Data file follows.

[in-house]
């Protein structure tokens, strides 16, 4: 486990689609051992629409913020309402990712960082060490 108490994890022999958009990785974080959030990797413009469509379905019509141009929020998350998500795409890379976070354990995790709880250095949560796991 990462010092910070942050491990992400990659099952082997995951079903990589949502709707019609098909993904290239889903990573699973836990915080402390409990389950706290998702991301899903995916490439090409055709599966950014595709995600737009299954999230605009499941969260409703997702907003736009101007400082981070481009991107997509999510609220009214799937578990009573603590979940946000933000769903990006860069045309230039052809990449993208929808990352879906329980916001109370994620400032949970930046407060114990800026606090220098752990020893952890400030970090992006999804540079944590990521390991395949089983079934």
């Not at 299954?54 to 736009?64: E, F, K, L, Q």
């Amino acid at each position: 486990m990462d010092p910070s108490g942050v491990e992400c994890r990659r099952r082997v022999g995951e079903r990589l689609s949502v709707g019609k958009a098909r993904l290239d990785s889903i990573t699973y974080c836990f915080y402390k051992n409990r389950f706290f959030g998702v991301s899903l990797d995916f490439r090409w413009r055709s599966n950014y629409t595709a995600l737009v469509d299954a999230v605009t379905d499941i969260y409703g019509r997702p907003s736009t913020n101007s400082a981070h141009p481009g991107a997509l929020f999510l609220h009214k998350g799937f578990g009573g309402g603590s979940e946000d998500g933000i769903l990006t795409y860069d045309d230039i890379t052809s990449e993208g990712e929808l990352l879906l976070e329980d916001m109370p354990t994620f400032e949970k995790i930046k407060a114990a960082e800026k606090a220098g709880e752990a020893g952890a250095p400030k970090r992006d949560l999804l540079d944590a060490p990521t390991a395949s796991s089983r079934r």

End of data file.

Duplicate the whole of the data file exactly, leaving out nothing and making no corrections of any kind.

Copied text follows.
[in-house]
């Protein structure tokens, strides 16, 4: 486990689609051992629409913020309402990712960082060490 108490994890022999958009990785974080959030990797413009469509379905019509141009929020998350998500795409890379976070354990995790709880250095949560796991 990462010092910070942050491990992400990659099952082997995951079903990589949502709707019609098909993904290239889903990573699973836990915080402390409990389950706290998702991301899903995916490439090409055709599966950014595709995600737009299954999230605009499941969260409703997702907003736009101007400082981070481009991107997509999510609220009214799937578990009573603590979940946000933000769903990006860069045309230039052809990449993208929808990352879906329980916001109370994620400032949970930046407060114990800026606090220098752990020893952890400030970090992006999804540079944590990521390991395949089983079934």
């Not at 299954?54 to 736009?64: E, F, K, L, Q």
């Amino acid at each position: 486990m990462d010092p910070s108490g942050v491990e992400c994890r990659r099952r082997v022999g995951e079903r990589l689609s949502v709707g019609k958009a098909r993904l290239d990785s889903i990573t699973y974080c836990f915080y402390k051992n409990r389950f706290f959030g998702v991301s899903l990797d995916f490439r090409w413009r055709s599966n950014y629409t595709a995600l737009v469509d299954a999230v605009t379905d499941i969260y409703g019509r997702p907003s736009t913020n101007s400082a981070h141009p481009g991107a997509l929020f999510l609220h009214k998350g799937f578990g009573g309402g603590s979940e946000d998500g933000i769903l990006t795409y860069d045309d230039i890379t052809s990449e993208g990712e929808l990352l879906l976070e329980d916001m109370p354990t994620f400032e949970k995790i930046k407060a114990a960082e800026k606090a220098g709880e752990a020893g952890a250095p400030k970090r992006d949560l999804l540079d944590a060490p990521t390991a395949s796991s089983r079934r």